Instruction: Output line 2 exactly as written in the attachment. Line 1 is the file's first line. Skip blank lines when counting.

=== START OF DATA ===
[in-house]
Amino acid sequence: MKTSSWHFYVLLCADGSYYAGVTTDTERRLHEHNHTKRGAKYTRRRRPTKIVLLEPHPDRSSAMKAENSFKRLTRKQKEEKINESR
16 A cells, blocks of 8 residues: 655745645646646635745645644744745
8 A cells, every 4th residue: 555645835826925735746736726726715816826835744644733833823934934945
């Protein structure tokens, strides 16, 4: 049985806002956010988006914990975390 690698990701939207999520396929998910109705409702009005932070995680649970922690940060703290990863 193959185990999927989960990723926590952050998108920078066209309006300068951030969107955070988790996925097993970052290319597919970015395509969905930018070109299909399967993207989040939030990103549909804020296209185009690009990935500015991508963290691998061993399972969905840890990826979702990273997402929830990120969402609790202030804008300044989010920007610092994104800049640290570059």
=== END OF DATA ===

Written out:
Amino acid sequence: MKTSSWHFYVLLCADGSYYAGVTTDTERRLHEHNHTKRGAKYTRRRRPTKIVLLEPHPDRSSAMKAENSFKRLTRKQKEEKINESR